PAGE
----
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Biology introduction

Biology introduction






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  • Movement in animals is possible because of muscular and skeletal systems.
  • Growth, with increases in size and number of cells, is part of development. Development involves many stages from conception until death.
  • Adaptations are modifications that enable an organism to be suited to its way of life.
  • Genus and species are the two names used to identify specific organisms in the binomial system of classification. Division is used for plants.
  • Cell Theory: All organisms are composed of cells. Biogenesis Theory: Life comes only from life. Theory of Evolution: All living things have a common ancestor, but each is adapted to a particular was of life. Gene Theory: Organisms contain coded information that dictates their form, function, and behavior.

Biology introduction Biology introduction Presentation Transcript

  • Inquiry into Life , 10 th edition by Sylvia Mader
  • Chapter 1: The Study of Life
  • The Characteristics of Life
    • Life is diverse yet all living things share common characteristics.
    • Living things are organized.
    • Living things acquire materials and energy.
    • Photosynthetic organisms use carbon dioxide, water, and solar energy to make food.
    • Animals obtain nutrients and energy from food eaten.
    • Energy is the capacity to do work.
    • Many living things can convert energy to motion.
    • Living things reproduce.
    • Genes (DNA) contain information needed for heredity and metabolism .
    • Metabolism is all the chemical reactions in the cell.
    • Reproduction may be asexual or sexual.
    • Living things respond to stimuli.
    • Living things may respond to external stimuli by movement toward or away from a stimulus.
    • Movement constitutes part of the behavior of an organism.
    • Living things are homeostatic .
    • Homeostasis is the ability of an organism to maintain relatively constant internal conditions.
    • An example is temperature regulation in the human body.
    • All organ systems contribute to homeostasis.
    • Living things grow and develop.
    • All organisms undergo development.
    • Living things are adapted.
    • Adaptations come about through evolution .
    • Evolution is the process by which a species changes through time.
    • Evolution explains both the unity and diversity of life.
  • The Classification of Living Things
    • Taxomony is the science of identifying and classifying organisms according to specific criteria using these categories:
    • Kingdom
    • Phylum (Division)
    • Class
    • Order
    • Family
    • Genus
    • Species
  • There are three domains :
    • Archaea and Bacteria – unicellular prokaryotes that lack a membrane-bound nucleus.
    • Eukarya – showing cellular complexity and having a nucleus and other organelles.
    • Archaea live in harsh environments and may represent the first cells to have evolved.
    • Bacteria, some of which cause human diseases, are present in almost all habitats on earth.
    • Many bacteria are important environmentally and commercially.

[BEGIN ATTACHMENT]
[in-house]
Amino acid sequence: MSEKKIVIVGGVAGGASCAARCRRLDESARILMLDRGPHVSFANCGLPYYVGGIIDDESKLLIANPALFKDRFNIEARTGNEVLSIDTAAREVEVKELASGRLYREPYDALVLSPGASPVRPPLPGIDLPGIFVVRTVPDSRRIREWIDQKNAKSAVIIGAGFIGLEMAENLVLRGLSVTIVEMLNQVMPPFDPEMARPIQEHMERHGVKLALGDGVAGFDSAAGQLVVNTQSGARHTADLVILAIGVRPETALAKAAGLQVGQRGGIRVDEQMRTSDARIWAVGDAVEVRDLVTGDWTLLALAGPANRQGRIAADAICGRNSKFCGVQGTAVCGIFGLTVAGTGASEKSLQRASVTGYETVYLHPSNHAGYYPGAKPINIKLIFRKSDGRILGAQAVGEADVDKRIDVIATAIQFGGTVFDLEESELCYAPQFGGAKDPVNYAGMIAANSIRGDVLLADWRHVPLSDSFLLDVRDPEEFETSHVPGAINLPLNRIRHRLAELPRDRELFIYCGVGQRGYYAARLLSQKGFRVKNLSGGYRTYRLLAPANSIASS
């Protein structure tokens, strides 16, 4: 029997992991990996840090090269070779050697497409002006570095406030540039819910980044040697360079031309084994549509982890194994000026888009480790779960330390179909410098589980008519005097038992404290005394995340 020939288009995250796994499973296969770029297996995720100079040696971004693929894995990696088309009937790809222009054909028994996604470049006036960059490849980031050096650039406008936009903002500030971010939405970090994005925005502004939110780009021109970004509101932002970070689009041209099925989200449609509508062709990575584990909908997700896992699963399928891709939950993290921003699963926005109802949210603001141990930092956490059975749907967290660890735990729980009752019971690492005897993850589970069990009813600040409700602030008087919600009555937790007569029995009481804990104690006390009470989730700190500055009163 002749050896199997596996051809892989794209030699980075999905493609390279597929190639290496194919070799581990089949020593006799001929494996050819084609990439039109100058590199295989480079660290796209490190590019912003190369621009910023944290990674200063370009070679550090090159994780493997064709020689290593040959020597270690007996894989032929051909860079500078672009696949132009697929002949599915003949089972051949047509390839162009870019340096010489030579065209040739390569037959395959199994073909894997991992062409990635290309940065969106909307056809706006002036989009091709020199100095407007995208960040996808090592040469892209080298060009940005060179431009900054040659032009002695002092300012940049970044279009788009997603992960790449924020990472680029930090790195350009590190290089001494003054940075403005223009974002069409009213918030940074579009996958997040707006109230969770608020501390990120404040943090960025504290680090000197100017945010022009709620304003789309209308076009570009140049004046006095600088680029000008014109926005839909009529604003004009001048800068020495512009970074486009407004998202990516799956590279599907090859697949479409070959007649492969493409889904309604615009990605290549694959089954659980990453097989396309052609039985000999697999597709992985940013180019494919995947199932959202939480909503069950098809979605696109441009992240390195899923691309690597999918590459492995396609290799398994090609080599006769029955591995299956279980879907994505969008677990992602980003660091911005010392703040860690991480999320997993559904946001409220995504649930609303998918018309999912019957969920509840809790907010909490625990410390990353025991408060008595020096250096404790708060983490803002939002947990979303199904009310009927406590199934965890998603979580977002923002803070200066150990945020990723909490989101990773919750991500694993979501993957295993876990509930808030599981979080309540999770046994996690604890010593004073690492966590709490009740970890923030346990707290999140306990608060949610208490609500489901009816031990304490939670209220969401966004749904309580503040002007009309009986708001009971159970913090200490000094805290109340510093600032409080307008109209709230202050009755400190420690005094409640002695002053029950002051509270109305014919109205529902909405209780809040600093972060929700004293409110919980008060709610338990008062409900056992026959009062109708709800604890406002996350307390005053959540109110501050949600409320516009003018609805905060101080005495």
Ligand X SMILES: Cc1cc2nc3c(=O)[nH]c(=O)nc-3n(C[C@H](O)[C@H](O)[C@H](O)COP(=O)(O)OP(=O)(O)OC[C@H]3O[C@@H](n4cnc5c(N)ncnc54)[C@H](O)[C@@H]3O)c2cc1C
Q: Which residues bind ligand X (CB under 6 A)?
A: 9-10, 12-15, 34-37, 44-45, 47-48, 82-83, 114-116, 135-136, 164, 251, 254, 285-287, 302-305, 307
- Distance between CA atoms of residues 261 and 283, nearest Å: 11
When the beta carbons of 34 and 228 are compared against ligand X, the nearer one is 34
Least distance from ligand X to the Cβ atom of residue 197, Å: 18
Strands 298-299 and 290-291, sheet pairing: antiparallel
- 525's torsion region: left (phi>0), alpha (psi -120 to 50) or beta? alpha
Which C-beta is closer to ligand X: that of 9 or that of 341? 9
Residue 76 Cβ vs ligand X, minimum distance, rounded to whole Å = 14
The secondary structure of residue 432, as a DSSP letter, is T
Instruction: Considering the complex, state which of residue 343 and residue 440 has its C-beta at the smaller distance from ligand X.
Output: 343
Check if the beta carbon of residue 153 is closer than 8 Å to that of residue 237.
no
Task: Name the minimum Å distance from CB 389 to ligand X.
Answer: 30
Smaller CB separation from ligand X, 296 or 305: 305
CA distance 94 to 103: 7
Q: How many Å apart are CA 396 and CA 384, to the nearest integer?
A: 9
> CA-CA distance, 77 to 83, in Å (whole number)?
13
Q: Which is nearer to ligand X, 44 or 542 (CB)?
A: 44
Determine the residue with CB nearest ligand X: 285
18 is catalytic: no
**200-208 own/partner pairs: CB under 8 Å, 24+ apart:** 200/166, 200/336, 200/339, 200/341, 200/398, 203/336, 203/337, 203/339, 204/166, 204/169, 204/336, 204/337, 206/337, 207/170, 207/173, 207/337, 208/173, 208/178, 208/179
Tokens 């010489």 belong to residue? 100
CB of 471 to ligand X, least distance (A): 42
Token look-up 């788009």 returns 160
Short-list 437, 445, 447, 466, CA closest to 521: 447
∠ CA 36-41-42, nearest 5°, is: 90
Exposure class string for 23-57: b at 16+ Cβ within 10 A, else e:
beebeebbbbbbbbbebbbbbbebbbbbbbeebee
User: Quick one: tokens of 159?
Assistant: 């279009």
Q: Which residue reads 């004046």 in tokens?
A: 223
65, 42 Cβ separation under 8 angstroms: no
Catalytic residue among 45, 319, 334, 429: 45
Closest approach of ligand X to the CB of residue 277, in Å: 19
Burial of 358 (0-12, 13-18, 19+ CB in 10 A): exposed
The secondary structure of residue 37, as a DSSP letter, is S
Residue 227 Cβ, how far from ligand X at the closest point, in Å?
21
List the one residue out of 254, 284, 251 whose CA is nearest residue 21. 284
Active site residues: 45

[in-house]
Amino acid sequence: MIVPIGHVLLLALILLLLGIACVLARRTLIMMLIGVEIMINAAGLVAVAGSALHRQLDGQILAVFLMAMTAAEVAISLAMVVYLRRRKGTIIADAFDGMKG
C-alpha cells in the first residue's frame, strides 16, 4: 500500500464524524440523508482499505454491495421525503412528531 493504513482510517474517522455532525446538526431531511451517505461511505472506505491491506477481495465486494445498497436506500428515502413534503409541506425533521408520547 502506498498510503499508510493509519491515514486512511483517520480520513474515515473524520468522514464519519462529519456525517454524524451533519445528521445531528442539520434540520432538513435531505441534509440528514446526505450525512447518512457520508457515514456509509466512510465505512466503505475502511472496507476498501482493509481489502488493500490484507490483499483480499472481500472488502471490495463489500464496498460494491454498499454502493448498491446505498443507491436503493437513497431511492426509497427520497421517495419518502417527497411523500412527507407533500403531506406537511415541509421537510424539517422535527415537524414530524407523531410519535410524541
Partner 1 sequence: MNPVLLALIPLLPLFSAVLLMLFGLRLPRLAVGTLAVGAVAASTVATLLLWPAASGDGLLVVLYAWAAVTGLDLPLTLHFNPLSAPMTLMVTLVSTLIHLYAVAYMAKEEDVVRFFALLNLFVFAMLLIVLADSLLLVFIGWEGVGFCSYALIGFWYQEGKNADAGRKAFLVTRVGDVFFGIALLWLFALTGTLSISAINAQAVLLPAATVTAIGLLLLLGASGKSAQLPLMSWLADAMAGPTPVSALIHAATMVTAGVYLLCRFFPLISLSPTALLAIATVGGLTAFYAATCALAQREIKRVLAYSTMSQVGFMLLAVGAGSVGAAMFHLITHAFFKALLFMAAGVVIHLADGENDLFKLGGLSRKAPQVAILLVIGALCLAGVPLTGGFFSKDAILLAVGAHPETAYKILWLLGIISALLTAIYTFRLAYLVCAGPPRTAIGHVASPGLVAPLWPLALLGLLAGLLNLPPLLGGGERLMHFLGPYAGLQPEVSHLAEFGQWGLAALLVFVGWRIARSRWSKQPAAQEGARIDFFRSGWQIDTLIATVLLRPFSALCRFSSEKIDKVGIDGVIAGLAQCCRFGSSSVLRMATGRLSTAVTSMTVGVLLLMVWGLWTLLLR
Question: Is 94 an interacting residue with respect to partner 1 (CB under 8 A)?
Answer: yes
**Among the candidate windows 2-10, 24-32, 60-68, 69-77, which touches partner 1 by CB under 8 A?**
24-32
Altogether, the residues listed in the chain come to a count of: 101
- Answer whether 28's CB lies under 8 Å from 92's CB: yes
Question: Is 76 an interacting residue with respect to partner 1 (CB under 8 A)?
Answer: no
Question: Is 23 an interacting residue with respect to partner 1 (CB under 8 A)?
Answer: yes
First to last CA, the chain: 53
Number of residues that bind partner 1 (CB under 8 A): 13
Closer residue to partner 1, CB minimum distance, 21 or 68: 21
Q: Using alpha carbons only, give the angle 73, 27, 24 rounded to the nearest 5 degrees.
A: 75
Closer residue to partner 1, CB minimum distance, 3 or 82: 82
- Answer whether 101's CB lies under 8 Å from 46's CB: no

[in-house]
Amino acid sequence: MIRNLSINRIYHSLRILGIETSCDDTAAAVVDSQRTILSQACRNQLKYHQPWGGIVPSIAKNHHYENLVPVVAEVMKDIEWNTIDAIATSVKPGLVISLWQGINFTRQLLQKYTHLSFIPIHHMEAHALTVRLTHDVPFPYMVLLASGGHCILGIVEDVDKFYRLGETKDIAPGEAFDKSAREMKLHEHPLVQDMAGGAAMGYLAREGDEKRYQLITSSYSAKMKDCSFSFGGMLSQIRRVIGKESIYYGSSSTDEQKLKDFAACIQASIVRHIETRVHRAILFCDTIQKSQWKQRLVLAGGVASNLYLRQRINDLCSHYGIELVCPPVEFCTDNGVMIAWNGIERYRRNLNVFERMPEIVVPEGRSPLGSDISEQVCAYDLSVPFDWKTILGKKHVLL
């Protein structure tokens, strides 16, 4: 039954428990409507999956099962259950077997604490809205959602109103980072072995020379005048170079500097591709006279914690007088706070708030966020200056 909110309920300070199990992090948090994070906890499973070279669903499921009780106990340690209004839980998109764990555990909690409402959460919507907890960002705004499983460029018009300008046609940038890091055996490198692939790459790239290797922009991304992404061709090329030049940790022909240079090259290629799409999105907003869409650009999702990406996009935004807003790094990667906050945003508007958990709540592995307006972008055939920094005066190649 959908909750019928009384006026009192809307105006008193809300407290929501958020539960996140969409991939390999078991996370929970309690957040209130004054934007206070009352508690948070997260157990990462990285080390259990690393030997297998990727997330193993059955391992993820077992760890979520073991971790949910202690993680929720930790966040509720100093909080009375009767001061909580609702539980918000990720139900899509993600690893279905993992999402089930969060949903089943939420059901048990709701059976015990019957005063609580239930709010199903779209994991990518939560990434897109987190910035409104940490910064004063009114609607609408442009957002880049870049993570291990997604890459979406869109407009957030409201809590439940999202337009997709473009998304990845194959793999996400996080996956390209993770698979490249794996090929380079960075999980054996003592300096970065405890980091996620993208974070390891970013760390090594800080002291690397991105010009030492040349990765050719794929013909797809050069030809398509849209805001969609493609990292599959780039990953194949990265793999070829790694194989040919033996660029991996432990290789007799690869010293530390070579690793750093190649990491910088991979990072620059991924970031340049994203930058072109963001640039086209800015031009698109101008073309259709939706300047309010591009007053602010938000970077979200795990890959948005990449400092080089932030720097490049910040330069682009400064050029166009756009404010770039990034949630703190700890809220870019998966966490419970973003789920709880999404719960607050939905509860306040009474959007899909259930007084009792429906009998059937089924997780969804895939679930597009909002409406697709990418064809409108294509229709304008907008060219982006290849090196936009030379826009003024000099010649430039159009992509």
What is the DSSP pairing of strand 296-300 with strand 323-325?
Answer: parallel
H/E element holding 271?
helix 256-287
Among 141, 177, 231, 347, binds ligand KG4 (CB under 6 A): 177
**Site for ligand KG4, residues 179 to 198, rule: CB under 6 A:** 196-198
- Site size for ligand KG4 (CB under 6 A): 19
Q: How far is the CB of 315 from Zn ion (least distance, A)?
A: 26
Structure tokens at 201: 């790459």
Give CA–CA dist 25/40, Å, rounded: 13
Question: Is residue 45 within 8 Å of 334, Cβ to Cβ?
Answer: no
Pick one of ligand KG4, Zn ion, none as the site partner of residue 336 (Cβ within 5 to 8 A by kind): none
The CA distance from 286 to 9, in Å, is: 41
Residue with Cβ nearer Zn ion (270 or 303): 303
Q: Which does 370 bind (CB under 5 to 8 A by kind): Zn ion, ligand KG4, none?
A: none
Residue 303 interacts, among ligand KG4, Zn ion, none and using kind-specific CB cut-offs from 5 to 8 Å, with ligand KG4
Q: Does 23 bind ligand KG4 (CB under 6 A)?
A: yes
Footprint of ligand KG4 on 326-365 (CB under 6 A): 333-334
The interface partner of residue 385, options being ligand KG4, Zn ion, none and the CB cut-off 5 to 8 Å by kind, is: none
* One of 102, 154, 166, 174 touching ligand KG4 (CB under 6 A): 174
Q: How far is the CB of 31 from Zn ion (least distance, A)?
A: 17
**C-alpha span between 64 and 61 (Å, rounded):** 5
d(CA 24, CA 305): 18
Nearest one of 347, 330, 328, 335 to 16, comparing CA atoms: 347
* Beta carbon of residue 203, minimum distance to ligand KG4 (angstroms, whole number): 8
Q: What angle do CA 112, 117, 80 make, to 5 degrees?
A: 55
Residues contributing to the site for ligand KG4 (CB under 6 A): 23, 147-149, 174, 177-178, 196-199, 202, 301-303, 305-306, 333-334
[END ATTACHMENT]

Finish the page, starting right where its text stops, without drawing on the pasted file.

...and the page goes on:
• The Domain Eukarya is divided into 4 kingdoms:
    • Protists (kingdom Protista)
    • Fungi (kingdom Fungi)
    • Plants (kingdom Plantae)
    • Animals (kingdom Animalia)
    • Most genera contain a number of similar species, with the exception of Homo that only contains modern humans.
    • Classification is based on evolutionary relationships.
    • Each successive classification category contains more different types of organisms than the preceding category.
    • Scientific names are binomial names, using genus and species.
    • Modern humans are Homo sapiens .
  • The Organization of the Biosphere
    • The biosphere is the zone of life in the air, water, and land that surrounds the planet.
    • Groups of individuals of a species are called populations .
    • Populations of different species that interact make up communities .
    • Communities plus the physical habitat form ecosystems .
    • Ecosystems are characterized by chemical cycling and energy flow .
    • Climate determines what ecosystem can exist in an area.
    • Human populations tend to modify ecosystems for their uses.
    • Loss of ecosystems results in loss of biodiversity , the total number of species.
    • Preservation of ecosystems is important to ensure our continued existence.
    • Loss of species threatens ecosystems.
  • The Process of Science
    • Biology, the study of life, uses the scientific method .
    • The scientific method has these steps:
    • Observation
    • Hypothesis
    • Experiments/Further Observations
    • Conclusion
    • Theory
    • An experimental design contains a control group that goes through all the steps of the experiment but is not exposed to the factor being tested.
    • Results of an experiment are called data .
    • Data undergo statistical evaluation.
    • Several theories in biology include:
    • Cell
    • Biogenesis
    • Evolution
    • Gene
    • Scientific studies may be carried out in the field or in the lab.
    • In either type of study, scientists formulate testable hypotheses, make observations or perform experiments, and come to objective conclusions.
  • Field Study Example
  • Controlled Laboratory Experiment Example
  • Science and Social Responsibility
    • Technology is the application of knowledge for a practical purpose.
    • Technology has both benefits and drawbacks.
    • Ethical and moral issues surrounding the use of technology must be decided by everyone.